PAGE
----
Is it really over 50 years since the E-Type was released on an unsuspecting world? In actual fact, the Jaguar E-Type was released in 1961 at the Geneva Motor Show, which makes it 57. Almost ready for the pipe and slippers.
“It was a sensation when it was launched, and remains Jaguar’s most enduring and iconic symbol. The E-Type is simply one of the most exciting cars ever created and a legacy to the genius of Jaguar’s founder, Sir William Lyons.”
E-Type owners included celebrities such as George Best, Brigitte Bardot, Tony Curtis and Steve McQueen and the sports car became as synonymous with the Swinging Sixties as the Beatles and the mini skirt.
“It is impossible to overstate the impact the E-Type had when it was unveiled in 1961,” said Ian Callum, Jaguar Design Director. “Here was a car that encapsulated the spirit of the revolutionary era it came to symbolize. The E-Type is a design that even today continues to inform the work we do in styling the Jaguars of the future.”
Unveiled at the Geneva Motor Show in March 1961, Jaguar’s E-Type caused a sensation. Capable of achieving 150mph, but costing a fraction of the price of rivals with similar performance, it was the affordable supercar and became an instant icon – remaining on sale for 14 years.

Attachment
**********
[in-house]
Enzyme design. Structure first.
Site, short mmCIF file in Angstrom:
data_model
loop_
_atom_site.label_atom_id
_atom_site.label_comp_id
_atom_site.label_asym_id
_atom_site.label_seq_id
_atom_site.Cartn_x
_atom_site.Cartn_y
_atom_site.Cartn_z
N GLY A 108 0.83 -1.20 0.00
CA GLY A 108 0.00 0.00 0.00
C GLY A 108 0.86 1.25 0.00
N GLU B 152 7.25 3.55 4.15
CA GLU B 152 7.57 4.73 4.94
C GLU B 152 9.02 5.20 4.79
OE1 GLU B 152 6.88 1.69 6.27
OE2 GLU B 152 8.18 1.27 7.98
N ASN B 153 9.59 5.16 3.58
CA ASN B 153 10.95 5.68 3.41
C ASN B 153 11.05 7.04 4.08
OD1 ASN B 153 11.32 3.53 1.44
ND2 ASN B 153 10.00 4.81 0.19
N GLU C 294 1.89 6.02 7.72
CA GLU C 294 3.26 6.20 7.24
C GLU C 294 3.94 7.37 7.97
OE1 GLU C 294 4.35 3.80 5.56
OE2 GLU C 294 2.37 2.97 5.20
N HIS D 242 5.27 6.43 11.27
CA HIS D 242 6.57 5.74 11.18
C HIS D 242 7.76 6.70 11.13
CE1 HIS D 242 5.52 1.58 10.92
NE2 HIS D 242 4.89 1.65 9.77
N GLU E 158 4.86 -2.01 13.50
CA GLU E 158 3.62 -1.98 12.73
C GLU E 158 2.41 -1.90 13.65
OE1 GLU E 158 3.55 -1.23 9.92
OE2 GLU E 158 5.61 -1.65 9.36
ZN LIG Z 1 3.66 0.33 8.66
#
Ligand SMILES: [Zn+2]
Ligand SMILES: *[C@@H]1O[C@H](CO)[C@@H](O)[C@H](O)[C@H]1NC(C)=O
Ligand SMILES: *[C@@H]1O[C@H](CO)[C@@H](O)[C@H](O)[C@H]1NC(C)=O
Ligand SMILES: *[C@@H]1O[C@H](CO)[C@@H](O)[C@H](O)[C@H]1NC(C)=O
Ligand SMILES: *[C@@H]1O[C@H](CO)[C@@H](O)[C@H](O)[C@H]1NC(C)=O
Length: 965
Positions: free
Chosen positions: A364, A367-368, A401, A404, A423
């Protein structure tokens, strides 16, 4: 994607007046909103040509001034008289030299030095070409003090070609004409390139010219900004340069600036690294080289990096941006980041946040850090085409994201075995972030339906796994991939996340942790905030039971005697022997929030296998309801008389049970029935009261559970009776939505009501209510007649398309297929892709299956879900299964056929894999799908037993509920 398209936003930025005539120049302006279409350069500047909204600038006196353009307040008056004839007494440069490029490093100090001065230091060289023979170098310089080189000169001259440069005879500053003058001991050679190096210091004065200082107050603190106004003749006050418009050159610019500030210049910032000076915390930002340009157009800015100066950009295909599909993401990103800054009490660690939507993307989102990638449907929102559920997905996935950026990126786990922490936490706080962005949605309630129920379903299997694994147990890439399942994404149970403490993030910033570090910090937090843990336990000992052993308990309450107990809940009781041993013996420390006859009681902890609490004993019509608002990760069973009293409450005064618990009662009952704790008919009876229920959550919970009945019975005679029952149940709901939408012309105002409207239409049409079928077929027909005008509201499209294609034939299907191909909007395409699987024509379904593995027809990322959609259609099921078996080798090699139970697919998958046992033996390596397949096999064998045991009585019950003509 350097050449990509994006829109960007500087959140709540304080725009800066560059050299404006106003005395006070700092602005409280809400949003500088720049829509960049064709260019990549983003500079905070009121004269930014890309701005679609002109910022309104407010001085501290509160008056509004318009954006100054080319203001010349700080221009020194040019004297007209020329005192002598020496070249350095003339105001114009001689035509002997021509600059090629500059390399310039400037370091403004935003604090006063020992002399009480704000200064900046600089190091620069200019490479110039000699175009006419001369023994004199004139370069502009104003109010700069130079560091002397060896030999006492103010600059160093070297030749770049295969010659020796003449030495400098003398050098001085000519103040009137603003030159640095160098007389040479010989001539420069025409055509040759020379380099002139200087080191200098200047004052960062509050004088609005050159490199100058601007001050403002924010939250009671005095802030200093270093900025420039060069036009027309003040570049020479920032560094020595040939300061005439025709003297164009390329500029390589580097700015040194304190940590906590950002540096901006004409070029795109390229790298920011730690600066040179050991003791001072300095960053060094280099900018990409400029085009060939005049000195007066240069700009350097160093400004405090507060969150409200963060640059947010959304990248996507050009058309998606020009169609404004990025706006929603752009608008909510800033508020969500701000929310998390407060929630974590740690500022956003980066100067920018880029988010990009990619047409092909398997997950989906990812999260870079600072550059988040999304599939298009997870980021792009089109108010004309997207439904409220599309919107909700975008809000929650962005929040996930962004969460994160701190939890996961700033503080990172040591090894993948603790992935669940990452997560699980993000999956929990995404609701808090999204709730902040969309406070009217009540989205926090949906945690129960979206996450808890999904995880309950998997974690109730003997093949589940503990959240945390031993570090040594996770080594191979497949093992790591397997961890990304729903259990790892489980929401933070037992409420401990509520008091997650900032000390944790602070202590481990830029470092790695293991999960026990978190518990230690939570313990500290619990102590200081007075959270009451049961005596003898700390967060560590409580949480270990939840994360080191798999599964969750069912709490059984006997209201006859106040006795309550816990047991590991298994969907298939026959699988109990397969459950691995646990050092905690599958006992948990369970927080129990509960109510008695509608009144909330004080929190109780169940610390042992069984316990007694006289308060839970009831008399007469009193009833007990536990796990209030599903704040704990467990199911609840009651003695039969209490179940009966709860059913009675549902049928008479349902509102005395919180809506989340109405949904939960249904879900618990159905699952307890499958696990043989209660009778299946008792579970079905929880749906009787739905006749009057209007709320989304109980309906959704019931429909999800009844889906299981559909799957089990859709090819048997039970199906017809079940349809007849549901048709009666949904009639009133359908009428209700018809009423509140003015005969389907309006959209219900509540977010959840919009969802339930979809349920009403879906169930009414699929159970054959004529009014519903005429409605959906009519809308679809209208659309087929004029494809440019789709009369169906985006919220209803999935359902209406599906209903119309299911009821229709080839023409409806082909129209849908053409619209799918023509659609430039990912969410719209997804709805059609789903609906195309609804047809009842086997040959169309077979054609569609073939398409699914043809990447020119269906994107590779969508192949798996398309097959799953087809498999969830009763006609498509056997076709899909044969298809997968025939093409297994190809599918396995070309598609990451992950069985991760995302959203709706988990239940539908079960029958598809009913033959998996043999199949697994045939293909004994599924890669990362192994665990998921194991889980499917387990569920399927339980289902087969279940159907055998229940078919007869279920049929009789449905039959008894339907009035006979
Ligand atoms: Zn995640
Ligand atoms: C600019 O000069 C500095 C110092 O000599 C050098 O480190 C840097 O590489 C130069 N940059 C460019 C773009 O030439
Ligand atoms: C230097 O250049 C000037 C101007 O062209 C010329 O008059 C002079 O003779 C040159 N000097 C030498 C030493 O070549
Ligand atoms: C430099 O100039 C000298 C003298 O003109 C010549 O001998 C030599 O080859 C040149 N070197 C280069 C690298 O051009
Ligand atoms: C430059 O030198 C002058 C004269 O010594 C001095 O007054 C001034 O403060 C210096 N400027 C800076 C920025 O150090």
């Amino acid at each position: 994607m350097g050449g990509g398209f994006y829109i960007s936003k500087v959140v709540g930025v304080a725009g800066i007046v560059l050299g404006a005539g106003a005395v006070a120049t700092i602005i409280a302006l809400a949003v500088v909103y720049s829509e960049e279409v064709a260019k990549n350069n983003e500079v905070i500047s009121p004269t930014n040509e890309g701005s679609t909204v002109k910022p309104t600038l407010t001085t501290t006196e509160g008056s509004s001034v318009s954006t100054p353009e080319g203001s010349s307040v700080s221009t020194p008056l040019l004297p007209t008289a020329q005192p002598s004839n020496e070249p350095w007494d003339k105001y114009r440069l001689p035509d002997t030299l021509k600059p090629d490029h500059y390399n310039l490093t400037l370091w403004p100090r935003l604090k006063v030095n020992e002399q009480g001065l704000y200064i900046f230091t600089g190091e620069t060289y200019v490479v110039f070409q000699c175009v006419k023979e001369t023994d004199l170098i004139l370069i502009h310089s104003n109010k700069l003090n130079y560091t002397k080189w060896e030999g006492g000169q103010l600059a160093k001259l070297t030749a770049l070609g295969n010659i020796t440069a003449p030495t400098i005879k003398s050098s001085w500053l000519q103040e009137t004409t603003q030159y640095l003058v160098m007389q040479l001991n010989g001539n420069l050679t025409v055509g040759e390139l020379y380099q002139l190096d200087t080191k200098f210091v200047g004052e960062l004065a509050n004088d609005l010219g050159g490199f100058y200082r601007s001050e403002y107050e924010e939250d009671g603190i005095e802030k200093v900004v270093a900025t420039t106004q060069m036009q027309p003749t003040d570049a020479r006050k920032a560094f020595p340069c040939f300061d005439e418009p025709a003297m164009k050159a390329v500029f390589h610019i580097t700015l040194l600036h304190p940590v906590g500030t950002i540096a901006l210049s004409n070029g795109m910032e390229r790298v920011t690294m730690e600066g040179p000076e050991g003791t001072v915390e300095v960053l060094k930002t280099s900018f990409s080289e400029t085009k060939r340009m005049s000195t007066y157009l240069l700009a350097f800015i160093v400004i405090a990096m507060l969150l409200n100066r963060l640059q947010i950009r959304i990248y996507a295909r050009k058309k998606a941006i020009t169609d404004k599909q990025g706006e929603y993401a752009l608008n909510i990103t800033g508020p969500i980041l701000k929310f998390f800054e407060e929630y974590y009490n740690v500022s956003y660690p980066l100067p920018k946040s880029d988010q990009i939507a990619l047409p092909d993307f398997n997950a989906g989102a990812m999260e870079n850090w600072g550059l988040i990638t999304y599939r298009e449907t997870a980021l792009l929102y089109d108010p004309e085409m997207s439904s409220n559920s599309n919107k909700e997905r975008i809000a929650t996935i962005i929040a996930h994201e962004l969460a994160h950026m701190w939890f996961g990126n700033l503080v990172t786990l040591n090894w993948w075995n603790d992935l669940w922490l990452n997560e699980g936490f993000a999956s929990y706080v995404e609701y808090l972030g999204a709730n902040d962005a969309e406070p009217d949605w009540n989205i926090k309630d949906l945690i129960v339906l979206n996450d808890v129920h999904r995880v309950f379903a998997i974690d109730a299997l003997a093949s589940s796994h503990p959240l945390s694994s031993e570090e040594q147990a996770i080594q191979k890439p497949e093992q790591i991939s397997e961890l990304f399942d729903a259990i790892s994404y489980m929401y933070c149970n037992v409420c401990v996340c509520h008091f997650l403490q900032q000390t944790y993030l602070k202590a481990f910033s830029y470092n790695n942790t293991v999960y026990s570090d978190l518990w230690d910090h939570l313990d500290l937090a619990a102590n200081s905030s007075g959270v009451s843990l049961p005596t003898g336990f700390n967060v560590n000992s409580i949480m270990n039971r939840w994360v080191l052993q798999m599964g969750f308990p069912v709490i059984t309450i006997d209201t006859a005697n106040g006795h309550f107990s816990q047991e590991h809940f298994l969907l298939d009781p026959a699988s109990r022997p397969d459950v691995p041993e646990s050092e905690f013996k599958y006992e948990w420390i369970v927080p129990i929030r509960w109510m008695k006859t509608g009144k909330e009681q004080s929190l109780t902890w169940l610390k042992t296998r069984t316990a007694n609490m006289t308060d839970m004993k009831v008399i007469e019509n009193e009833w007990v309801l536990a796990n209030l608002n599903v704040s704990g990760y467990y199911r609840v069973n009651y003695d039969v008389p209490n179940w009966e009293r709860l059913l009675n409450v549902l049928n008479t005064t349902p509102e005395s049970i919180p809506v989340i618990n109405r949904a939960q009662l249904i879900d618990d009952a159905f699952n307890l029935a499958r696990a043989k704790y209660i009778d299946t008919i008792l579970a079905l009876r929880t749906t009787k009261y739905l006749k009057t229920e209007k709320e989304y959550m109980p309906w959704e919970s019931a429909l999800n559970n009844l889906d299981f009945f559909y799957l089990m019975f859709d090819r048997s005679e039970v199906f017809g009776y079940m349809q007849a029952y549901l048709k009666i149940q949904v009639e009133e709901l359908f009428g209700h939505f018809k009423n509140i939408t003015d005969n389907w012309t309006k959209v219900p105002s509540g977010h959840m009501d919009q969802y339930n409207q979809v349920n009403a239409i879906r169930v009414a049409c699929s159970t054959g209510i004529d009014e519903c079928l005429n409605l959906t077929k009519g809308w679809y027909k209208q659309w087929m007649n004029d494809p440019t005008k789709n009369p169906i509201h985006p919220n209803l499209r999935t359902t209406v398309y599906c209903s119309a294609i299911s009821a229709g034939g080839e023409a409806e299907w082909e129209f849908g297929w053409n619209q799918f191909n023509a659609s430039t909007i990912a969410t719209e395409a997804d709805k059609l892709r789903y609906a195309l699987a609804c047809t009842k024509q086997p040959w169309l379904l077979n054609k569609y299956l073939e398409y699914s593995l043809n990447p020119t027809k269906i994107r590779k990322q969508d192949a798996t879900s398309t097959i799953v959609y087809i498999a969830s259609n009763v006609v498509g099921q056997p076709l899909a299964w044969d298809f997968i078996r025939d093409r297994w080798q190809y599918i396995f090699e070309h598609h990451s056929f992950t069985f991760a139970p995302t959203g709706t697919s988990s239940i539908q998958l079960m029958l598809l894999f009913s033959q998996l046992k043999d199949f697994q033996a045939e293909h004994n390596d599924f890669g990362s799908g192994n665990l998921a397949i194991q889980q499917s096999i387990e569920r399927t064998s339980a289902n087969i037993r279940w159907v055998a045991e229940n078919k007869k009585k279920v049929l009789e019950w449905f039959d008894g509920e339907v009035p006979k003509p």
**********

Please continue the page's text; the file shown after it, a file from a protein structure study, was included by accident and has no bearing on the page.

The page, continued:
A few tid-bits from Jaguar cars in 2011.
– The E-Type was presented to the world’s press at the restaurant du Parc des Eaux Vives in Geneva on 15th March 1961. Such was the media excitement and clamour for demonstration runs up a nearby hillclimb that Jaguar founder Sir William Lyons instructed chief test driver Norman Dewis to drive through the night from Coventry to bring another model to Switzerland.
– Even Enzo Ferrari admitted it was “the most beautiful car in the world.”
– The E-type’s straight-six engine had powered Jaguar to five Le Mans victories in the 1950s and by 1961 in 3.8 liter form produced 265 bhp and 260 lb ft of torque, making the car a genuine 150 mph proposition and, like its XK120 predecessor, the fastest production car in the world.
– At launch the E-Type cost £2,256 15s, including purchase tax and the all-important optional wire wheels, the equivalent today of just £38,000.
– The E-Type’s perfectly proportioned bodywork was the work of Malcolm Sayer, an aeronautical engineer by training who also applied his aerodynamic expertise in shaping the earlier Le Mans-winning C and D-Type racers.
– The E-type remained in production for 14 years, selling more than 70,000 units, making it Europe’s first mass-produced sports car.
It was a sensational car for the time, but if you were to make it a daily driver, you had to ignore the fact that the driver’s foot-well became unbearably hot and you had to bend your legs to the left to find the pedals (as did early Porsche 911’s).